re: Garmin they would always be interested in owning a map, but not at any price. Note that again they have the same dilemma as TomTom - they don't have a wide enough reach/installed base to monitise the map asset as well as Apple can. Yes mobile adds is high margin but its less high return once you factor in the M&A premium you need to pay to acquire the asset!

      They seem to have a viable strategy in Outdoor/Fitness/Aviation/Marine - note that apart from Fitness these are largely markets which smartphones aren't as dramatic a threat to (though never say never). So they have the luxury of waiting. Also having seen how Tele Atlas pretty much blew up TomTom they must have thought "there but for the grace of God go I" many times over the last few years. Don't know if they want an encore! :-p

  5. Hi J,

    I don't feel like buying a stock only for a take-over bid possibility. And I'm not sure yet about their standalone business. I do think that the deal that TomTom struck with Apple (and BlackBerry 10) could give their revenue the push they desperately need. But that is a gut feeling. So I have two questions. Do you have an idea kind of money Apple would have to pay to TomTom for using their maps? And do you know if Apple uses other stuff from tomtom besides their maps?

    1. Hey Robert. re: the trade quite understandable. That's one of the reasons I threw in the rather ratty DCF - these aren't levels where you get an obvious Margin of Safety on the trade yet. Caveat Emptor.

      re: Your what does Apple pay short answer is not very much. Now maybe I'll be wrong and there'll be a huge bump in the revenue line in Q4 but I doubt it.

      The reason is that back in the mists of time (or early 2000s/late-90s) Tele Atlas signed deals with websites to use their data on incredibly low rates (fractions of a cent per click). In retrospect this was a huge huge strategic error. At the time web traffic wasn't a big deal but it meant that when volumes took off they simply could not cash in.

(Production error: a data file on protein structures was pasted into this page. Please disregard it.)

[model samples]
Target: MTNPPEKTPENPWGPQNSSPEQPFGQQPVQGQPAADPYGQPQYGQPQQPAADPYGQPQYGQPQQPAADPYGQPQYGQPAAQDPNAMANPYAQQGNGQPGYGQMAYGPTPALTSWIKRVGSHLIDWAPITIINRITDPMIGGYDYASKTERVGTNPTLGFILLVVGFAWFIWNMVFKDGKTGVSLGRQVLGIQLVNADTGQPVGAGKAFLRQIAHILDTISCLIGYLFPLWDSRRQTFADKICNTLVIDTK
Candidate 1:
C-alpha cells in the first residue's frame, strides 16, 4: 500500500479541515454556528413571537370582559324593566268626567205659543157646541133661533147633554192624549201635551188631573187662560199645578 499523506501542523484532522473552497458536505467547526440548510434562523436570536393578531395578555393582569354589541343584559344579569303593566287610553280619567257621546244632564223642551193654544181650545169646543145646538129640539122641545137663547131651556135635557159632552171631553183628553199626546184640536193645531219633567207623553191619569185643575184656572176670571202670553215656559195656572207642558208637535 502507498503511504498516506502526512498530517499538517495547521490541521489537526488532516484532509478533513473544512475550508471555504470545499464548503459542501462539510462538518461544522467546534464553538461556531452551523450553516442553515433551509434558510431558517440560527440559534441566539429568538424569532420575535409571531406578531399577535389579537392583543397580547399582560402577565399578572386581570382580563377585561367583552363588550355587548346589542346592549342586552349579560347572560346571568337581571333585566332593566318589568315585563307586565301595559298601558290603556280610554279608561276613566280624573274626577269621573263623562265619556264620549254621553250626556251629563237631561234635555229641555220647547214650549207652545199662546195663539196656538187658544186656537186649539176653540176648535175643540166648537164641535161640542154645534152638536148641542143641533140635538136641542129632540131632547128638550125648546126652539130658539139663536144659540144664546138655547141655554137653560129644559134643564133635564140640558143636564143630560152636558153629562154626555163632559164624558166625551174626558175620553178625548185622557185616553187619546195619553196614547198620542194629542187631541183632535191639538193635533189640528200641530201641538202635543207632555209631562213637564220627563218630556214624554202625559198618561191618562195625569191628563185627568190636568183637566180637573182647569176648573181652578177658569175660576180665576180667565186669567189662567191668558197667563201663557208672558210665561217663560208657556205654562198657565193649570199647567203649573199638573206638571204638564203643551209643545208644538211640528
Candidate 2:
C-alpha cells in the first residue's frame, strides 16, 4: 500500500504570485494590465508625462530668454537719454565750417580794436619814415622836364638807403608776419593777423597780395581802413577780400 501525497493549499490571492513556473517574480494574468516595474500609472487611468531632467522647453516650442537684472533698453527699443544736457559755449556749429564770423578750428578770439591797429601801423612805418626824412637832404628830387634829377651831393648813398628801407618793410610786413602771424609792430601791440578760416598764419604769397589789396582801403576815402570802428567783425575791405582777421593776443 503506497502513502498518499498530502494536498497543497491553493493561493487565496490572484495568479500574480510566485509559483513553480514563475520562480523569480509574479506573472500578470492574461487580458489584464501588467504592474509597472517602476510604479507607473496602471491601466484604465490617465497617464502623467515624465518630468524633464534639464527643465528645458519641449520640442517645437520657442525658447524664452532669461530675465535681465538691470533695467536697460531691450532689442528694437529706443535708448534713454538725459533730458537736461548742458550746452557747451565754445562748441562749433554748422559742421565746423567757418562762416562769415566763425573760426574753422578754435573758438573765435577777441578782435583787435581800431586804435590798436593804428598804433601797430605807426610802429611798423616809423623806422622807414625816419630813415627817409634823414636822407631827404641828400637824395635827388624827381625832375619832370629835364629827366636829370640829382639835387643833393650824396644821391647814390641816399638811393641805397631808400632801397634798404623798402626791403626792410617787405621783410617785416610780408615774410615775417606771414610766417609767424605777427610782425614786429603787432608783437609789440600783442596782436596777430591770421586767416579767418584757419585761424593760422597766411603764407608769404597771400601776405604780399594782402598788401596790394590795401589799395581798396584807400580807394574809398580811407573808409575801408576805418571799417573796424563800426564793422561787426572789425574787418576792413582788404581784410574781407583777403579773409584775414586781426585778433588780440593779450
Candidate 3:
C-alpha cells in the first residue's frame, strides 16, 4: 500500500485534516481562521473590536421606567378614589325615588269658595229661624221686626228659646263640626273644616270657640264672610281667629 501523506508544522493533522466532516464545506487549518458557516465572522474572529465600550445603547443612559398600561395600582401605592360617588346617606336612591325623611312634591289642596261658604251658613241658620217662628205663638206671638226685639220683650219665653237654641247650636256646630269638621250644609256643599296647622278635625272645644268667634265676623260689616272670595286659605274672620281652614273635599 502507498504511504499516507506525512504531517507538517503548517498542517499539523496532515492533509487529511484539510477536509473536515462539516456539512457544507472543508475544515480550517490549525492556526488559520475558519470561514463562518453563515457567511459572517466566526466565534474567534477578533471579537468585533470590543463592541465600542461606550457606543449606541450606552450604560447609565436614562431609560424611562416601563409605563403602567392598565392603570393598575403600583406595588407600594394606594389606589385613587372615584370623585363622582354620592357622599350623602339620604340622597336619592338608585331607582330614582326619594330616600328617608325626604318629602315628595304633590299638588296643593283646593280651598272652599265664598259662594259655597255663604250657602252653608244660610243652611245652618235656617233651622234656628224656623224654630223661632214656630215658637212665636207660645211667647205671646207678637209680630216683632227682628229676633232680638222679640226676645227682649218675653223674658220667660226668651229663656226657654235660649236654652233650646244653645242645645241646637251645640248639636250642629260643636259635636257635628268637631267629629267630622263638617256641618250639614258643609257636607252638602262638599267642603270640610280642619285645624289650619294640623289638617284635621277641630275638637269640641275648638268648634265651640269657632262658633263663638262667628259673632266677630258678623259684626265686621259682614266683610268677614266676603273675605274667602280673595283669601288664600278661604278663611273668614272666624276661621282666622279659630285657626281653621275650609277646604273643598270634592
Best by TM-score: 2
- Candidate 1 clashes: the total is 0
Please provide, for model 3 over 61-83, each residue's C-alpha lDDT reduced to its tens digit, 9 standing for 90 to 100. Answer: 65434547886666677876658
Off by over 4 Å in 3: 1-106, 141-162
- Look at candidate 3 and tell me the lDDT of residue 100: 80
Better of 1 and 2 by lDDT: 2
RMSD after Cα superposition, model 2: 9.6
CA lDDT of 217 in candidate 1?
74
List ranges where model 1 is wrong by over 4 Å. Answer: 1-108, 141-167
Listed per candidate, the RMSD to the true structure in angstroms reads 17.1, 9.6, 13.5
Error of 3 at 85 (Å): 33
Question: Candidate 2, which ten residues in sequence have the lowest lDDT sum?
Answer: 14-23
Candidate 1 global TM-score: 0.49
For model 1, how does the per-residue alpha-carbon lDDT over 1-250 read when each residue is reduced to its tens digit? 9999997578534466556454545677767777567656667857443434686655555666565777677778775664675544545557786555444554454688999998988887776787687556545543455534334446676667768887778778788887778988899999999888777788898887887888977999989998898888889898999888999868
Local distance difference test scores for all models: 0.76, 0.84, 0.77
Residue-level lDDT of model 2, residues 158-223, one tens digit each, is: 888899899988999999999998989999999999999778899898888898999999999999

If you want evidence of that look how much Google Maps traffic took off up until 2009 when they started using their own maps, and look at the minimal impact it made on TomTom revenues. They always used to tell us they would renegotiate the deals on more commercial rates but never seemed to manage it (presumably because the customers could always threat to go to Navteq or eventually their own homebrew maps.

      I doubt that position would have changed when Apple came knocking. Sure Apple would have had less options to go to NVT/Google for maps (they flirt with OpenStreetMap as well though), but lets face it there is NO-ONE who has a good negotiating position with the Cupertino King Kong nowadays.

      re: what else they use I don't know of much. A poster above has suggested they are licensing HD traffic - this is possible (although again with Apple's crowdsourcing I have no doubt they could develop their own alternative over time). I assume given the issues with their turn-by-turn directions they aren't using TomTom's routing algos!

      Hope that's useful Let me know if you have any other thoughts!


  6. Hi Jon,

    RE: HD traffic.

    That's my point. Apple have HUGE amounts of data, so if they want to *copy* HD traffic, then the amount of data is not at all their problem. But given Apple's sloppy (to say the least) track record on iOS6 maps, I have serious doubts whether Apple is able to build an algorithm that manages to predict traffic very well. It's just not their area of expertise and from my point of view Apple is very much a design and hardware company with very intuitive software (2 year old kids can play with their product) but not that good at data.

    Considering also that even Google, who is a giant in data, hasn't really cracked the code, and is now relying on Inrix for traffic information. I can't imagine that Apple could do what Google hasn't so far. Link on Inrix here:

    If Apple and TomTom are smart they make traffic information a joint effort. Apple sits on top of a bunch of data. While TomTom has the intelligence to derive traffic information from that. It might also help them to bring HD traffic to new territories (beyond US, Canada, Europe).

    I read your comment on uncommercial pricing of maps to Google in the early Tele Atlas days. That's a sad thing to hear. I really hope that TomTom now tries to get a more commercial pricing for their HD traffic. I know, we're talking about 'King Kong from Cupertino'. But licensing traffic information is a bit of an unpaved road. And TomTom might know they have something quite exclusive in hand (at least for now).

    To get an idea of what the value of licensing traffic information is, it would be nice to know what Inrix is getting from Google for making traffic information for Google Maps. But Inrix is not (yet) a listed company, so I don't have any clue if Inrix is making real money from that.

  7. The current shareprice is probably too low for a bid that does justice to their assets. One part of me says: let's wait another year and see how their deals with Apple, RIM and some planned traffic licences at carmanufacturers will be reflected in their quarterly's. The other part of me says that after a year the sense of urgency @ AAPL might be gone.